If you’re a yogurt lover who travels, instead of looking for a lunch spot, consider heading to the nearest fine grocer to check out the local yogurts.
Artisan fresh dairy products tend to be regional businesses, and there are luscious yogurts to be found in many regions.
The Atlanta Fresh company recently sent us their 2% Low Fat Greek Yogurt line (it’s also available in fat-free and whole milk versions). We ate it as eagerly as if it were dessert—for which it can easily substitute.
Made using old world methods—by hand, in small batches—this all-natural yogurt is a treat. Talk about “from scratch”: The company makes its own fruit conserves to flavor the yogurt. Nothing premade is added from a jar.
The yogurt is available in plain, plus eight flavors: Black Cherry & Port Wine (don’t worry—you can feed it to kids), Chocolate Rocket, Ginger Peach, Mixed Berry, Tropical Sweet Heat, Vanilla Caramel, Vanilla and Wildflower Honey.
We eat lots of yogurt—all of it Greek-
Only the Chocolate flavor didn’t work for us. It’s a tough flavor to get right—which is why the market isn’t flooded with chocolate yogurt. For us, the cocoa powder didn’t meld well enough with the yogurt. But we’re sure there are fans aplenty.
Fot us, the hands-down winner is Tropical Sweet Heat: diced mango, pineapple and ginger with habanero and ginger heat (plus brown sugar for complexity). We were sad when carton was empty. The heat and ginger accent enliven the creamy yogurt in a way you can’t imagine until the spoon is in your mouth. It’s the first “hot” yogurt we’ve had, aside from our homemade concoction of plain yogurt with pepper jelly. Yogurt artisans of America: Follow the heat!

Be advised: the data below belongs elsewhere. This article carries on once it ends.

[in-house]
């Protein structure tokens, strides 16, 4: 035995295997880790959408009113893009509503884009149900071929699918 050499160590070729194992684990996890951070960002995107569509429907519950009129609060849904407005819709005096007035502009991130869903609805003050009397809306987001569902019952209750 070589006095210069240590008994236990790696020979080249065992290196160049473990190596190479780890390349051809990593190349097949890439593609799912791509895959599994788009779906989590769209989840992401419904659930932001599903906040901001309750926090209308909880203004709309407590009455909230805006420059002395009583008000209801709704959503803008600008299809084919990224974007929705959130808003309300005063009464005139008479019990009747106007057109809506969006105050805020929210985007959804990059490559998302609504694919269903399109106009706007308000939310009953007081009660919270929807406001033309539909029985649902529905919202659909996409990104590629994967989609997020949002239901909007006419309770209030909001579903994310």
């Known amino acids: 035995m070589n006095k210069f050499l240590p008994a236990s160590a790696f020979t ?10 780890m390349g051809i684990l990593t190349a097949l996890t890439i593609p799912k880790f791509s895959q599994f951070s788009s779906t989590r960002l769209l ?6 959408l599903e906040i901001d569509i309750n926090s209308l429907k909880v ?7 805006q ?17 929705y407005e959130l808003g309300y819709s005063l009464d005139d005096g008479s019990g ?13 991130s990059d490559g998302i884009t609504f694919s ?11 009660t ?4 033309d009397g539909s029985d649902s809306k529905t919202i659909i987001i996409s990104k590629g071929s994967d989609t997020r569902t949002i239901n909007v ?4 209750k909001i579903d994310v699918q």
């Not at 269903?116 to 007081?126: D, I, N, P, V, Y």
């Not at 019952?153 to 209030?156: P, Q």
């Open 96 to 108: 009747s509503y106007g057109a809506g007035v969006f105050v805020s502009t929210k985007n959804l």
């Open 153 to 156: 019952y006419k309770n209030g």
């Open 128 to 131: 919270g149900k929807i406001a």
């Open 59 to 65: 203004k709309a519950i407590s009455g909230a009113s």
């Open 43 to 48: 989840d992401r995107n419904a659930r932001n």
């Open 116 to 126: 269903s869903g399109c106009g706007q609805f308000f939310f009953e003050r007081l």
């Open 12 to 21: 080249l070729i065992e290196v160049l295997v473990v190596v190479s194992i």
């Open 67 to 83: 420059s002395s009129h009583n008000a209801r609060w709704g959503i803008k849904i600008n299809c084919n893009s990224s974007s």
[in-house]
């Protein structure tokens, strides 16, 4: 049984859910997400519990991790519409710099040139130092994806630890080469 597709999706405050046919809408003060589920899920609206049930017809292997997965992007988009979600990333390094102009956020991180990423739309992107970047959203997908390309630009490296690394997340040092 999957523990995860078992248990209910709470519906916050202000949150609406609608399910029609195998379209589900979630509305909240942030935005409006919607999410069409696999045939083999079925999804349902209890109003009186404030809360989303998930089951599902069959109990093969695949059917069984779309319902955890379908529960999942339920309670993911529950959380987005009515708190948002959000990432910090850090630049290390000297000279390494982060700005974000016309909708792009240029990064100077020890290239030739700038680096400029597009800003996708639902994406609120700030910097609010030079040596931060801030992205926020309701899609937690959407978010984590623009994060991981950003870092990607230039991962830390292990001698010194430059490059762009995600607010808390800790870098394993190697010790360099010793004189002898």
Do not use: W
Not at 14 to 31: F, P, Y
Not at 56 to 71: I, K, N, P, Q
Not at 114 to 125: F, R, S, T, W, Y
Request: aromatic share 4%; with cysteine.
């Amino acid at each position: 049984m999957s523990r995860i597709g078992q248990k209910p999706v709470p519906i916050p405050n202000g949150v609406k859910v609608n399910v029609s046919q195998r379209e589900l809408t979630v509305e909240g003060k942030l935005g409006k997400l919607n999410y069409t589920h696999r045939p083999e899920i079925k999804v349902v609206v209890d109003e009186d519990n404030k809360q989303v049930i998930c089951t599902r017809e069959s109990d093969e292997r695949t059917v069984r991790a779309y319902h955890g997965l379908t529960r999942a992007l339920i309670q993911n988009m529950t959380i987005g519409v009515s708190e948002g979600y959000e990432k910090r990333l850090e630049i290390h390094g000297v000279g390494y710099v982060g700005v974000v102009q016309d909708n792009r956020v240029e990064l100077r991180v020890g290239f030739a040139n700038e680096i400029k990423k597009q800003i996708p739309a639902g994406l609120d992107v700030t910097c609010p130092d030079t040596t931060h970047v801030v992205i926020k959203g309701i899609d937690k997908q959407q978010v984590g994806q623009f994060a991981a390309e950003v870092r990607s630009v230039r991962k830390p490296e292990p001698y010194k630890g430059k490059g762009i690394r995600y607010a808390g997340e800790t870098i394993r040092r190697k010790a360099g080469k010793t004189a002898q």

The runner up: Vanilla Caramel, a delicious dessert masquerading as yogurt.
The handmade artisan yogurts are rBST-free. The freshly cultured yogurt, made from the milk of happy Jerseys at the nearby Johnston Family Farm, is very high in active bulgaricus and acidophilus probiotic bacteria.
Learn more at AtlantaFresh.com.
Greek yogurt (or more accurately for products made in America, Greek-style yogurt) is triple-strained to make it thicker and creamier than American-style yogurt. It often has the consistency of sour cream. Most yogurts are thickened with gums, starches or milk powders. Greek yogurt is thickened by removing the moisture.
Greek yogurts can also be sweeter, meaning less tangy, than European- and American-style yogurts. While many mass-marketed American yogurts have evolved from tart-and-tangy to pudding-like, there’s nothing like the texture and flavor of Greek-style yogurt.
How “Cultured” Are You?
How much do you know about yogurt? Talk the talk like a pro: Check out our Yogurt Glossary.
Find more of our favorite yogurt products, recipes and other yogurt information in our Gourmet Yogurt Section.
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